The family has become more important again after the social crises of recent years.
The new forms of collaboration now allow the meaningful combination of two working parents and intensive family life. And this works much better in the working and living environment provided by modern companies in rural areas, surrounded by nature and free space for the children than in the big city, which can be reached with the Hyperloop in 10 to 15 minutes anyway. The companies in the area support the surrounding schools and provide a good educational basis in the rural community, not only for the children of their employees. In this way, the companies, which are dependent on fellow thinkers with mathematical and scientific skills due to their high technology, create the necessary potential for new talent themselves.
However, by far not all companies and industries participated in this development. It was and is largely reserved for those organisations that were not immune to the last two industrial revolutions, digitisation, and connectivity, and were quick enough to build up the know-how to develop accordingly. The new effectiveness of collaboration creates competitive advantages and thus financial space, which in turn enables further innovative developments.
Unfortunately, Christian’s former company was not one of them. It stumbled in the 23 Corona wave. Although the employees had already dealt with agile working methods and digitalisation, top management did not follow suit. Up to 75% faster on the market, up to 75% improved quality, up to 50% increase in productivity, and up to 50% higher employee satisfaction, as Scaled Agile Inc. statistically proven by their project results, were of course also interesting for his former top management. But when things got tight with the agile way of working in the departments, the managers took bold action – as they called it – and fell back into old behavior patterns. In a crisis, a hard hand is important, as they said again in 2023. And suddenly Christian was on the street. A few unfavorable strategic rush jobs, demotivated employees, missing sales, high fixed costs, bankruptcy.
The tactics of the European governments to cushion the 2019 COVID catastrophe had already put a considerable strain on the state treasury. The results of the rescue packages and subsequent recovery program were not as satisfactory as expected and put a considerable strain on the euro. Everything was somehow patched on the edge and critical. In 2023, the economy then took a harder turn. State aid was scarcer because the euro was again in crisis. The effects of this renewed downturn were more powerful, as could be seen in Christian’s employers. But when looking at the situation more soberly, Christian has to admit that the economic crisis has only served to put his former employer out of business. However, working with agile collaboration in his department had already infected him back then. His conviction was solidified: This is the right way into the future.
Christian’s wife, Michelle, gave up her permanent job a few years earlier because they had two children together and joined the kyonauten, a dynamic supply chain platform, as a freelance graphic designer. On this digital platform, freelancers and small to medium-sized companies temporarily join together to form supply chains for a specific purpose and work together in a completely digitalised way.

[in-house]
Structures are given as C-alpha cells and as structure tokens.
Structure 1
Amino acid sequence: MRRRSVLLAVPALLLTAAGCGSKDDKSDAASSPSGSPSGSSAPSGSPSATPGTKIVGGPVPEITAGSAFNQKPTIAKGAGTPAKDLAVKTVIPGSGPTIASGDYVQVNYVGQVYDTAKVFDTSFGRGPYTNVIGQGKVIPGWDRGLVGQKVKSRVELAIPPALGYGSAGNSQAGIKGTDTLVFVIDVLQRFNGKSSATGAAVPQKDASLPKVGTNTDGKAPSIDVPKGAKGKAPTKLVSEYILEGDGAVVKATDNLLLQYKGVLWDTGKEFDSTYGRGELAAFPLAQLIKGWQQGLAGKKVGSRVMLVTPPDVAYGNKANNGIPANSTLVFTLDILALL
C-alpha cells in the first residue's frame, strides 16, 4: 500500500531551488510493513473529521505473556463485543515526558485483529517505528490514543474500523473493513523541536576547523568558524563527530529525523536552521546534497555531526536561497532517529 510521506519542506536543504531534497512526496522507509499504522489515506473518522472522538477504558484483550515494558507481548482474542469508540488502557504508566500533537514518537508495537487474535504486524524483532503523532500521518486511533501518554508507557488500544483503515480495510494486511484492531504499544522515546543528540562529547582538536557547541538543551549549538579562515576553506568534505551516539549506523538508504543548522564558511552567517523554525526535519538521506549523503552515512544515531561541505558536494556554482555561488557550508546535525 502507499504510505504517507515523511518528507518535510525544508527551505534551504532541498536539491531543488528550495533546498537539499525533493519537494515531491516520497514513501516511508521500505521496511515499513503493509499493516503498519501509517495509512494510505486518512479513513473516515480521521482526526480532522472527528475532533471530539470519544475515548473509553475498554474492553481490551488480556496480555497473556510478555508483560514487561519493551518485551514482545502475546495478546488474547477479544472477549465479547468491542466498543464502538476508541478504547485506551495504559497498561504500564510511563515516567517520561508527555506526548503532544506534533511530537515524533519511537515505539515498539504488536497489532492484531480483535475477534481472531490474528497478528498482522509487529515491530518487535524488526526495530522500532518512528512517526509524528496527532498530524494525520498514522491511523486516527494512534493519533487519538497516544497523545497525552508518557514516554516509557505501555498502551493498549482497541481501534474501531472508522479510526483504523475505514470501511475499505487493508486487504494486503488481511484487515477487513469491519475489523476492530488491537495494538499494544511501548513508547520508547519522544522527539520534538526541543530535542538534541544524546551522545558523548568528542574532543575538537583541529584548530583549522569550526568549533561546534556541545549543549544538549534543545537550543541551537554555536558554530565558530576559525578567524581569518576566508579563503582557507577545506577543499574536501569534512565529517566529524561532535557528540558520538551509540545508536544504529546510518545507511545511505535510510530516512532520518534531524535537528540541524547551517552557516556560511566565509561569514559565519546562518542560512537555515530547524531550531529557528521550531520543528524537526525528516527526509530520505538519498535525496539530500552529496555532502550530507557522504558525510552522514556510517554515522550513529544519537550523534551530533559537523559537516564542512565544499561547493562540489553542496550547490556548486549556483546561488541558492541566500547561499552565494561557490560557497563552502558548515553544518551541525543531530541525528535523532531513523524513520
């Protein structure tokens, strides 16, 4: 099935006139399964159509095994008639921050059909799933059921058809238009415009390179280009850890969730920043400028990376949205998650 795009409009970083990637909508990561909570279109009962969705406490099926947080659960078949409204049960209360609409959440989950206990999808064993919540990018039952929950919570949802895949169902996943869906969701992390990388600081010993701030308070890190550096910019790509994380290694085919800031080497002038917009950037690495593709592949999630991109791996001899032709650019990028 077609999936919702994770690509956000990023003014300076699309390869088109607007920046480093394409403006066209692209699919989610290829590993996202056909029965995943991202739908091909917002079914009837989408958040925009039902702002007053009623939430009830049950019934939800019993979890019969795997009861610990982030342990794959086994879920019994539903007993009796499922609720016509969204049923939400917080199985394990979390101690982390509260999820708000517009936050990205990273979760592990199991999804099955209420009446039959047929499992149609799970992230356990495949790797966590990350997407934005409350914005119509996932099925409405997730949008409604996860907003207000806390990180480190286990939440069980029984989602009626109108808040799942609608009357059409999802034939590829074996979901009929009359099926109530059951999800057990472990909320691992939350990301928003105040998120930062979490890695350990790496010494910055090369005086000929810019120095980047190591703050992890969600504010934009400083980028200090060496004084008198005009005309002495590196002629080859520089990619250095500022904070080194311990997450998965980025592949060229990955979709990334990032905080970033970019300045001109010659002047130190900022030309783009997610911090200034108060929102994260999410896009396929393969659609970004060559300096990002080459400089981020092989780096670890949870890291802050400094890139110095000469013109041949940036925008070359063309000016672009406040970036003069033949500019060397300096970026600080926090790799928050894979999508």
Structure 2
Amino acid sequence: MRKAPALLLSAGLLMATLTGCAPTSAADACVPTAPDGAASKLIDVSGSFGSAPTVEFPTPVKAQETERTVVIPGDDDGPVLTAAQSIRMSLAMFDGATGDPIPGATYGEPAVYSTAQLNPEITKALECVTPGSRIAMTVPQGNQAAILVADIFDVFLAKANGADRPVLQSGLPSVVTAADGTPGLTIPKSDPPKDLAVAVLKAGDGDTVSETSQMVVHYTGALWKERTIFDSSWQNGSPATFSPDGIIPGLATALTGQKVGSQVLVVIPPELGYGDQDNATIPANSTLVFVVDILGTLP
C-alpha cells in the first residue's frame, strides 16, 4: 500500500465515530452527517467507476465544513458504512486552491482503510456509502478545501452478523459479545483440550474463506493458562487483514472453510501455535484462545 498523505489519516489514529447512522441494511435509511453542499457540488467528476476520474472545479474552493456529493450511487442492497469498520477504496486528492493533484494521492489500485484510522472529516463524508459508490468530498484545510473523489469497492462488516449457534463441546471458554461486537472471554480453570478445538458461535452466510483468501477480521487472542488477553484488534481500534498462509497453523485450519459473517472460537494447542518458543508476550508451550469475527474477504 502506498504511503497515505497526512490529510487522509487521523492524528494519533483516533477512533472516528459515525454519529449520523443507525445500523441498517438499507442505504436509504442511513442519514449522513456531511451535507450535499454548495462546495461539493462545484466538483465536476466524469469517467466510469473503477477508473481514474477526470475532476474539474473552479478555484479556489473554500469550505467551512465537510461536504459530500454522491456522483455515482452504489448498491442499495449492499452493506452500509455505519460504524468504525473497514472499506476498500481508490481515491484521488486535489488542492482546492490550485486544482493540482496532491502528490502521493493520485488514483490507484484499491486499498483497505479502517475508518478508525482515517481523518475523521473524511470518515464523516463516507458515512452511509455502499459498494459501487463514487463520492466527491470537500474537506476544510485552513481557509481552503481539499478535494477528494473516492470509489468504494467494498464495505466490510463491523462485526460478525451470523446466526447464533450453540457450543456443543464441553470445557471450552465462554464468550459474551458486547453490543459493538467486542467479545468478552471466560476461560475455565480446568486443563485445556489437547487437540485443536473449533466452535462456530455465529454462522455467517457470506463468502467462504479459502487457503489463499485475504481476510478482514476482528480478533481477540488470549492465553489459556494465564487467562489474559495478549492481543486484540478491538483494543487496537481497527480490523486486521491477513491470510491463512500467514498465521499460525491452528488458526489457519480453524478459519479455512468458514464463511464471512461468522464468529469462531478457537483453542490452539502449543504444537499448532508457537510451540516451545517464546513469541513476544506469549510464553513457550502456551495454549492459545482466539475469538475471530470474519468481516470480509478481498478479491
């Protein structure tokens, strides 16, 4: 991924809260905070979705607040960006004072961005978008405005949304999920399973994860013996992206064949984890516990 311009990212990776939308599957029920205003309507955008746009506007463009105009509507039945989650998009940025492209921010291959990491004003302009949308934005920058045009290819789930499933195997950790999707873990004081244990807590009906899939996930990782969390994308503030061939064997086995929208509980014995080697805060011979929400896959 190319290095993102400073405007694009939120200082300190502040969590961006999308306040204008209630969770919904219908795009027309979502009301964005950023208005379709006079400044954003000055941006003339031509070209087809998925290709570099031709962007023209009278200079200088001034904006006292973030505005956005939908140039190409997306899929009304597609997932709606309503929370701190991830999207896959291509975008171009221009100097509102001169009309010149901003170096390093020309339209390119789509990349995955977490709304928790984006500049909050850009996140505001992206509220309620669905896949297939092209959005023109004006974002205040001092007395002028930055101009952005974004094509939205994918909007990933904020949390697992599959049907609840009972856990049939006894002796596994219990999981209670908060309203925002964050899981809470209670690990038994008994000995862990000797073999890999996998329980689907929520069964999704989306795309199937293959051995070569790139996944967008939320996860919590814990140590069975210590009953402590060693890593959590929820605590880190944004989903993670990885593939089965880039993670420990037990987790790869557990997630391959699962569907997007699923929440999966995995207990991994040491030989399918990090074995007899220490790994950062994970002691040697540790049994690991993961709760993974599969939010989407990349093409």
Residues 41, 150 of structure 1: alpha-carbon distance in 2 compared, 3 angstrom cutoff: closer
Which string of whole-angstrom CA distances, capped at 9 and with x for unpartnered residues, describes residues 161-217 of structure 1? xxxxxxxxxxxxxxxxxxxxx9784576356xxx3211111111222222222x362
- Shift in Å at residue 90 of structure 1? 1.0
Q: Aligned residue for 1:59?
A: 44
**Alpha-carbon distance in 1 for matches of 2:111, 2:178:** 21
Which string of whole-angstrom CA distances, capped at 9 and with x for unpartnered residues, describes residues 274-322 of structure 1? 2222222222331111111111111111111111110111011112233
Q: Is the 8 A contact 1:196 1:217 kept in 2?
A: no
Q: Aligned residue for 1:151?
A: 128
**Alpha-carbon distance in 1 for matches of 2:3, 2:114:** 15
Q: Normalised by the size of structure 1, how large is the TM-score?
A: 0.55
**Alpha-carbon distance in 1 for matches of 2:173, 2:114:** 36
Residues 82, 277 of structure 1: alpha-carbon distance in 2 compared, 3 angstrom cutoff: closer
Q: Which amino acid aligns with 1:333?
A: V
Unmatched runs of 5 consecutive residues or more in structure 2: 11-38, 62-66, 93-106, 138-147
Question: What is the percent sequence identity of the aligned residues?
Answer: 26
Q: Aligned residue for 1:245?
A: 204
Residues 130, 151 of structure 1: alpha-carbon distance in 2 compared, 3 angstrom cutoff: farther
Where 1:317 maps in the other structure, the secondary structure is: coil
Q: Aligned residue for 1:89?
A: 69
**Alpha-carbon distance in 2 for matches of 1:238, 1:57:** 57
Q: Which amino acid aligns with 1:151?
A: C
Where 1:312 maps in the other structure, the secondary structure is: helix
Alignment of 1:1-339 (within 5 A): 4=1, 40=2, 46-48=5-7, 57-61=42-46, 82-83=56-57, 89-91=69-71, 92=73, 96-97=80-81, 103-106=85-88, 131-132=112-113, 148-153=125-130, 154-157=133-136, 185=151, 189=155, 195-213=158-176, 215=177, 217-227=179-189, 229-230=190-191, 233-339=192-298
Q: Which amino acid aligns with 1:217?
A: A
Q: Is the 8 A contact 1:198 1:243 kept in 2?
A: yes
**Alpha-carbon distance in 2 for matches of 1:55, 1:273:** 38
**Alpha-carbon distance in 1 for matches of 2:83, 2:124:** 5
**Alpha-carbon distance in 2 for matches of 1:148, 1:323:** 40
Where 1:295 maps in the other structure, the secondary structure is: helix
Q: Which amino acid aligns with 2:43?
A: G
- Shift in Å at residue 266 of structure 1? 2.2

In addition to placing individual orders, complete supply chains from the product idea to the sale in the online store are organised and dynamically processed on the platform.
For Michelle, the kyonauten community and the Dynamic Supply Chain during her childhood upbringing was initially just one way of staying flexibly connected to work. However, her business quickly grew into dimensions that allowed her independence and freedom combined with the upbringing of her children Clarissa and Jonte. Today she runs her online business from Sami, her small Greek island. Her children go to the Remote International School and, like the children in the village, have classes in the morning until the early afternoon – just online in front of the screen. Michelle also looks after them. In the afternoon, the two play soccer, burn ball, or Queimou, a Greek game of hide-and-seek, with the children in the village. In time, they have learned enough Greek to get along with their little friends from the village.
The four of them live as a family in the third penthouse in the series, right next to Jan & Anna and Carlos & Summer. In contrast to the other two couples, they do not live for rent but bought the apartment with a wonderfully large sun terrace.
This way of living became possible for the family because Christian decided to use previous know-how to start a digitalised future with one of his colleagues after the bankruptcy of his employer. The experience Michelle had gained in the digital world of the kyonauts encouraged Dimitrie and him to join the Dynamic Supply Chain as well.
Today, the two of them run a small company for digital work preparation with 10 employees or rather brain workers. They convert design templates into control programs for CNC-controlled production systems. Dimitrie is Ukrainian and, after 20 years in Germany, now lives with his Russian girlfriend in a dacha in the Crimea; Christian lives with his family in Greece.